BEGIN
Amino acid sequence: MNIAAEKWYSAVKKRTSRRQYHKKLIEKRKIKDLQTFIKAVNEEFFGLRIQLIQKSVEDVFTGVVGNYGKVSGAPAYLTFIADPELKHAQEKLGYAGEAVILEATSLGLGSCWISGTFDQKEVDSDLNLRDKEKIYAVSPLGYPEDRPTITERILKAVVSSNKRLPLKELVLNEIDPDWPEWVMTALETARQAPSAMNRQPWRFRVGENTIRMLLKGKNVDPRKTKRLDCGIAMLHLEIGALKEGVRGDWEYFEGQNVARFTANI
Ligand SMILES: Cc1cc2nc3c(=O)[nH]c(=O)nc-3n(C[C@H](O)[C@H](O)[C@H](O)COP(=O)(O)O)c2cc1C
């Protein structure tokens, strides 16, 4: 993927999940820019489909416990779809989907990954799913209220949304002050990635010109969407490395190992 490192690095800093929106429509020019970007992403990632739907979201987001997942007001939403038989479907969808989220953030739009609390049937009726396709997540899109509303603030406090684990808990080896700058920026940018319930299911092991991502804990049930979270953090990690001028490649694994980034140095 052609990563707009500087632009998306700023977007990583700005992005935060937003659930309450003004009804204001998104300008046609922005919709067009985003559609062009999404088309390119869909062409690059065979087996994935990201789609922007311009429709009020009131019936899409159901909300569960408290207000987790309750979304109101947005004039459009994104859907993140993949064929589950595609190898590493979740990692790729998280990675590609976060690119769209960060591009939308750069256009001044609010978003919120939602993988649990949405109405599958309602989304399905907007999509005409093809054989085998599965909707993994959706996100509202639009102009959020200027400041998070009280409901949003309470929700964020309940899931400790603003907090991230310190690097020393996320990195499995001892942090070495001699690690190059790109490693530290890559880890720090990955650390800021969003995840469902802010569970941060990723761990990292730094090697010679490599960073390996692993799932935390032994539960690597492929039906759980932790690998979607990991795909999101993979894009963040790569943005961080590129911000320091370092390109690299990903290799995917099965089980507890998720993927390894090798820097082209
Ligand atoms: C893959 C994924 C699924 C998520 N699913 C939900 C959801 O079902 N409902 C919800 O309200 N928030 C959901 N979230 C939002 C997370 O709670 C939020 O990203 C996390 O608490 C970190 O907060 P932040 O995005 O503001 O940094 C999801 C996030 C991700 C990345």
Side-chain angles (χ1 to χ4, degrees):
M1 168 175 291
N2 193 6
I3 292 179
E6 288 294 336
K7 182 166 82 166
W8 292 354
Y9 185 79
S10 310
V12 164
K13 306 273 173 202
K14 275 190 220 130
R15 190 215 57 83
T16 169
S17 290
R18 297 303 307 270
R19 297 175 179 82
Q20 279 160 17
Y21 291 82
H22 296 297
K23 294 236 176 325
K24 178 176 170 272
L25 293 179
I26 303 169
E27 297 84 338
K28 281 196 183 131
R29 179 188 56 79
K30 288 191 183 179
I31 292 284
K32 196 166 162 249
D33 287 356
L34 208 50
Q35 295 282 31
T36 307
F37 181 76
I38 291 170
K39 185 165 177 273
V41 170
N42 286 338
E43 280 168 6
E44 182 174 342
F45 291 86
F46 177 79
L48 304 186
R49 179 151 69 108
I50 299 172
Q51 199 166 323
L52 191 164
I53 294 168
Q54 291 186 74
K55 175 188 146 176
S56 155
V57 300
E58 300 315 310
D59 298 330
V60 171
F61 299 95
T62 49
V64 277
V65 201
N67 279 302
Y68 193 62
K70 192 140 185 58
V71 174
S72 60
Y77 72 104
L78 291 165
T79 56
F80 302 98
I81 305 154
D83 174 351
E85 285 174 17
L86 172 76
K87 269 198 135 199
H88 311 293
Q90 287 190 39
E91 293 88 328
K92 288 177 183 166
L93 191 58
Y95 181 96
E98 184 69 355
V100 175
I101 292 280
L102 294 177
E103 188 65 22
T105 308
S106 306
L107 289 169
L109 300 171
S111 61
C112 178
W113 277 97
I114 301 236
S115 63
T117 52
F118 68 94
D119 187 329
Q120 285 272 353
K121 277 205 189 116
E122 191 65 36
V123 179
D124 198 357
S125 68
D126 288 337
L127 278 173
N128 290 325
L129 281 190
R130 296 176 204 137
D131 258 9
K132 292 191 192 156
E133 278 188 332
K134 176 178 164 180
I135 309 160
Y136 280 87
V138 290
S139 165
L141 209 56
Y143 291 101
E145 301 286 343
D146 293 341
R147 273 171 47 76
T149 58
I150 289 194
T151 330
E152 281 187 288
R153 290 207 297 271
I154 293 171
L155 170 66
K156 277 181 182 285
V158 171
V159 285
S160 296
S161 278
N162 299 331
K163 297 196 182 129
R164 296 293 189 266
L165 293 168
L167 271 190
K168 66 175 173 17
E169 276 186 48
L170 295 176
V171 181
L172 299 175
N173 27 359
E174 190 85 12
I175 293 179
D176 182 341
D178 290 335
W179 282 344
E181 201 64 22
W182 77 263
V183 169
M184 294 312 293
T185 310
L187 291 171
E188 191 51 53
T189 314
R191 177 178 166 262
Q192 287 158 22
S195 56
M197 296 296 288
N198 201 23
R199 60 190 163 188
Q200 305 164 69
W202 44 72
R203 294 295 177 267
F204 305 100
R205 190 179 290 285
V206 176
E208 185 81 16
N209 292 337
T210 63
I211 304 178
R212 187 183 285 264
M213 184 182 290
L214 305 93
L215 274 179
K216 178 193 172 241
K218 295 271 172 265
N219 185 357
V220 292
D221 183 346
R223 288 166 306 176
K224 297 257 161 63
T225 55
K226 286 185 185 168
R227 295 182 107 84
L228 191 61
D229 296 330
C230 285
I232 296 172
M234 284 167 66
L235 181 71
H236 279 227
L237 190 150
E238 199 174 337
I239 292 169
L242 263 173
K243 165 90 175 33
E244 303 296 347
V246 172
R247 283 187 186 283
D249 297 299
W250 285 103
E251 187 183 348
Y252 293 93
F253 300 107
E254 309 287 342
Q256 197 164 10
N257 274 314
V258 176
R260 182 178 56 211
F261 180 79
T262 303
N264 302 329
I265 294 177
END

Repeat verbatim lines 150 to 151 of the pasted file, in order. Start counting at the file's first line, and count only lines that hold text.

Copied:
I175 293 179
D176 182 341